In Costume Design, the number one thing I took away was from I Am Love, an Italian film, in which Tilda Swinton stars reminding just how very much she looks like David Bowie. Once I get past that, I may have something more thoughtful to yield in the way of this particular category. Possibly even costume related. Enquire within.

Alex Eylar's Legos: The King's Speech

I’m nearly always disappointed in the selections for Original Song, though, Original Scores are quite another story. The Social Network. It’s due to my general beef with Facebook, because it often reflects parts of what I despise about humanity in gross terms- their tendency to go the way of sheep, to be filled with apathy and be perfectly all right with that- that I only relented and dragged myself to The Social Network at long last because of its Oscar nominations. In the opening credits, Trent Reznor’s name rolled by for film score and I leaned to Bean proclaiming “sellout” under my breath. Never happier to eat that word! A hefty portion in, I noted that the intensity that had built was largely from the way the score punctuated various moments, segued one scene to the next, and the music being distinctively Reznor is what gave the film its driving edge. Enjoyed the movie thoroughly and could see it taking Best Picture for mostly right reasons.

Lastly, for Documentary Feature, Exit through the Gift Shop, please! A documentary, a satire, a self-reflective bit of work about street art, and artists, Banksy, Mr. Brainwash- just go watch it- it all touches on points close to home concerning being true to one’s art versus selling out, and which is what, and by whose definition. Applying what’s at topic in this bit of filmage to that of Reznor-as-sellout above, I’d say with age comes evolution, and therefore, allow an artist to develop new ways of growing and producing their work, realizing that where there’s notoriety, there’s the public, and where there’s the public, the one of note can’t please all of the public all of the time.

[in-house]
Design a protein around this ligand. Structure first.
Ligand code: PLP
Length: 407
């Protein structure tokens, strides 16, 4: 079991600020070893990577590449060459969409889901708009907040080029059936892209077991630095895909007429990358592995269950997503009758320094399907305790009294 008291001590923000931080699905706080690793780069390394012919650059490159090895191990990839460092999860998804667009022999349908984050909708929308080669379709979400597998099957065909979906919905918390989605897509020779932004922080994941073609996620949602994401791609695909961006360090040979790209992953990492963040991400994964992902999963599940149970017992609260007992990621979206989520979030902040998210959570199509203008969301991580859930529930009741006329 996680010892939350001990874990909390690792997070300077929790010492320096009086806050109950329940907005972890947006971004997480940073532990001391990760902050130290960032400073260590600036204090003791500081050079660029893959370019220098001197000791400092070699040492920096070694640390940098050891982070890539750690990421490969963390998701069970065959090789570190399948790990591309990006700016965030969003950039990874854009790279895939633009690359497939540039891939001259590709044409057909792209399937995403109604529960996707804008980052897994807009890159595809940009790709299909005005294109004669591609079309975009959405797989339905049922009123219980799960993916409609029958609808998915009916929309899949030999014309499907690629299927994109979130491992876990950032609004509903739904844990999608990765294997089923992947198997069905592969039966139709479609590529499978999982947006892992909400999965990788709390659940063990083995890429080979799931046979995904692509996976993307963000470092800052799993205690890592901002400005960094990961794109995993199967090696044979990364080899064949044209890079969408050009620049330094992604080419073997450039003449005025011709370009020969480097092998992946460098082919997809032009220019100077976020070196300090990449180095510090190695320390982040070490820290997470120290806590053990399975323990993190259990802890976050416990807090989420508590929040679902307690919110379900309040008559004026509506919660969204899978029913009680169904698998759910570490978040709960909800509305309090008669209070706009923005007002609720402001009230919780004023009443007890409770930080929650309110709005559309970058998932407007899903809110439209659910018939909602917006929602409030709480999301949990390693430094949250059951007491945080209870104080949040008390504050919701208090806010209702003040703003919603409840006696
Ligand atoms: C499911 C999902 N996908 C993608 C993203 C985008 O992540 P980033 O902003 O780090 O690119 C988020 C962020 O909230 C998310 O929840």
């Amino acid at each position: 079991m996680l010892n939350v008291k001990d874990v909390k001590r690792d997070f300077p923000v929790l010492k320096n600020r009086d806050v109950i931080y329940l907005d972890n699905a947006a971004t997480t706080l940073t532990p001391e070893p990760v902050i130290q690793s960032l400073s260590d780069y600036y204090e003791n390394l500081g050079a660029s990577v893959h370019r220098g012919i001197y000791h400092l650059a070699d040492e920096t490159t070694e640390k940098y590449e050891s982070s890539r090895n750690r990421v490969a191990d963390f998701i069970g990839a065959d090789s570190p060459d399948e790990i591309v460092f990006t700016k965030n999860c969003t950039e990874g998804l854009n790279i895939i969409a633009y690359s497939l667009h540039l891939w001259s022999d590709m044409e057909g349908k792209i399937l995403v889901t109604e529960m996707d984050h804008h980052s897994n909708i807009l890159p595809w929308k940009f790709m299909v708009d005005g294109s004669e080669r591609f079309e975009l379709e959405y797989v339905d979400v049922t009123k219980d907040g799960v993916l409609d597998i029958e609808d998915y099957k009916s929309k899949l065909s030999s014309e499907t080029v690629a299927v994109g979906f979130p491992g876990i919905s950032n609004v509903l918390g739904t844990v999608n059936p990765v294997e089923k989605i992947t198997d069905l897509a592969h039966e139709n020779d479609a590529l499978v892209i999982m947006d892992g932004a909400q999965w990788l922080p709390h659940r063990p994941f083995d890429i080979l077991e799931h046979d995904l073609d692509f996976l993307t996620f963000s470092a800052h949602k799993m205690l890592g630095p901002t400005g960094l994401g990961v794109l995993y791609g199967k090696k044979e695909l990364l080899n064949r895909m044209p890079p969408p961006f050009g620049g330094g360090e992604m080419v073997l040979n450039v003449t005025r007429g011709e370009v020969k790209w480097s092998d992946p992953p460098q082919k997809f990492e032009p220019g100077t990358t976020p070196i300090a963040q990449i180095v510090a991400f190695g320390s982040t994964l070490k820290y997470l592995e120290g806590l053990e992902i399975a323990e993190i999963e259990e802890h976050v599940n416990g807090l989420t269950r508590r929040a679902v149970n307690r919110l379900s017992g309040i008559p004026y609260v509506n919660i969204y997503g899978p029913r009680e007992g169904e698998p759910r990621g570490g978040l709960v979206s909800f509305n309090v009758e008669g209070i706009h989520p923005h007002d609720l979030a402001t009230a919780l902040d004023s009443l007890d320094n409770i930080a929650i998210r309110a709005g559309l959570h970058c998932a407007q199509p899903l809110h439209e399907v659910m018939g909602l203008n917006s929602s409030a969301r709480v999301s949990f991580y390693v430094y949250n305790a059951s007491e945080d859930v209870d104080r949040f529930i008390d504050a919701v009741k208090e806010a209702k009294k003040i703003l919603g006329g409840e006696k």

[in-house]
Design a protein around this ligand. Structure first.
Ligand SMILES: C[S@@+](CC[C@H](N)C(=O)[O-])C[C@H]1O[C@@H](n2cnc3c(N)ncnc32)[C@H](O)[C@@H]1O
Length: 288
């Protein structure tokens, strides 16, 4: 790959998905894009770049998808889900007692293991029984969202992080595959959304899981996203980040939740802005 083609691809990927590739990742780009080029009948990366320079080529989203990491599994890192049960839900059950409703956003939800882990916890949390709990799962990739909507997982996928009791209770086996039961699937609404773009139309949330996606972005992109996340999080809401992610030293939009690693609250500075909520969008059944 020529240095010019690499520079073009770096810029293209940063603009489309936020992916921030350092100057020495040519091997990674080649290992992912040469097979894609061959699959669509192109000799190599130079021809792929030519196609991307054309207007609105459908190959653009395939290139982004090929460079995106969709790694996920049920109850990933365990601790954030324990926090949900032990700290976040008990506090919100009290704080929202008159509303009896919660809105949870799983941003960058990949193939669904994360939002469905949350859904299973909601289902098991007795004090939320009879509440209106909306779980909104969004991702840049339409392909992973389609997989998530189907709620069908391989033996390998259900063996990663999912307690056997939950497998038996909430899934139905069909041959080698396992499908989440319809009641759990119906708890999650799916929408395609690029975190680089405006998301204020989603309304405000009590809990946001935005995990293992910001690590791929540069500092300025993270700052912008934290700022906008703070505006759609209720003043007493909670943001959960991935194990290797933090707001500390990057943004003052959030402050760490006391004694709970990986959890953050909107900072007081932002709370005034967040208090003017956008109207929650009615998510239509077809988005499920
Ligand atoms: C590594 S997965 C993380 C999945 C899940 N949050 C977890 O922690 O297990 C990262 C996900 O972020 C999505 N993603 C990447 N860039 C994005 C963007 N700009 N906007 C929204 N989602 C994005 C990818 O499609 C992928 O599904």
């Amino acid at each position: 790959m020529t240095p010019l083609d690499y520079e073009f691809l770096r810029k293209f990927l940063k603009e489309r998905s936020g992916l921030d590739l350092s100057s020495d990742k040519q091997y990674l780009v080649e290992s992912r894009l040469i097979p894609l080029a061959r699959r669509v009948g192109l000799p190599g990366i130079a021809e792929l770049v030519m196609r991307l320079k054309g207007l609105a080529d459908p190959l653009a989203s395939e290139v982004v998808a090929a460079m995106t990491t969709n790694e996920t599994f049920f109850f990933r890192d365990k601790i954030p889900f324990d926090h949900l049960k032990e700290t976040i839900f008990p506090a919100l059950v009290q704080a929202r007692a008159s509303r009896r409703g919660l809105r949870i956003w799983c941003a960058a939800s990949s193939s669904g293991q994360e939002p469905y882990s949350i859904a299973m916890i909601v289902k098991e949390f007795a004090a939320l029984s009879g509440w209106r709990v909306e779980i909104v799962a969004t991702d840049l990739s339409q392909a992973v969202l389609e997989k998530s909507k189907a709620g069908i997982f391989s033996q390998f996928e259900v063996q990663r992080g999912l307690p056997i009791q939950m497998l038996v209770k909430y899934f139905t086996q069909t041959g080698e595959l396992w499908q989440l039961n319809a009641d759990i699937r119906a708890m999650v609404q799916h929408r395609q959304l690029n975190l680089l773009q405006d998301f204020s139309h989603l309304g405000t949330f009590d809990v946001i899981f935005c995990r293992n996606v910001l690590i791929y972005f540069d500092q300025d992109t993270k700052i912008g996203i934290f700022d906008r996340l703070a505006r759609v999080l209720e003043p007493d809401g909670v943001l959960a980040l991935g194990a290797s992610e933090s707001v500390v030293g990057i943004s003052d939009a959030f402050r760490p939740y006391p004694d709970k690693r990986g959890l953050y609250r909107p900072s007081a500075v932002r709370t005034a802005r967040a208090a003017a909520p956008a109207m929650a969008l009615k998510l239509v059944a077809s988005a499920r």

So, my dad calls up asking if I’d like to see a movie, a relatively rare thing as he’s quite straight-laced in what he chooses to view. A voracity for portions of history- Hitler, Mexico, and the Royals among them- had him eager to see the King’s Speech. With a full house, the trailers began, one being for Blue Valentine. As the trailer wraps up, Ryan Gosling croons You Always Hurt the One You Love and in the silence after his utterance of the final lyric “It’s because I love you most of all”, my dad loudly exclaims, “Gee, I hope not”. Never know just when he’ll strike, though, galleries and museums that verge on the edge of taking themselves a bit too seriously often fall prey. Enjoyed the first portion of the film tremendously as the trust and rapport was built between Bertie and Lionel. The angles chosen to frame the characters added visual interest as did the use of blues and greens. A history lesson with humanity, albeit an altered lesson, I’m rooting for its win!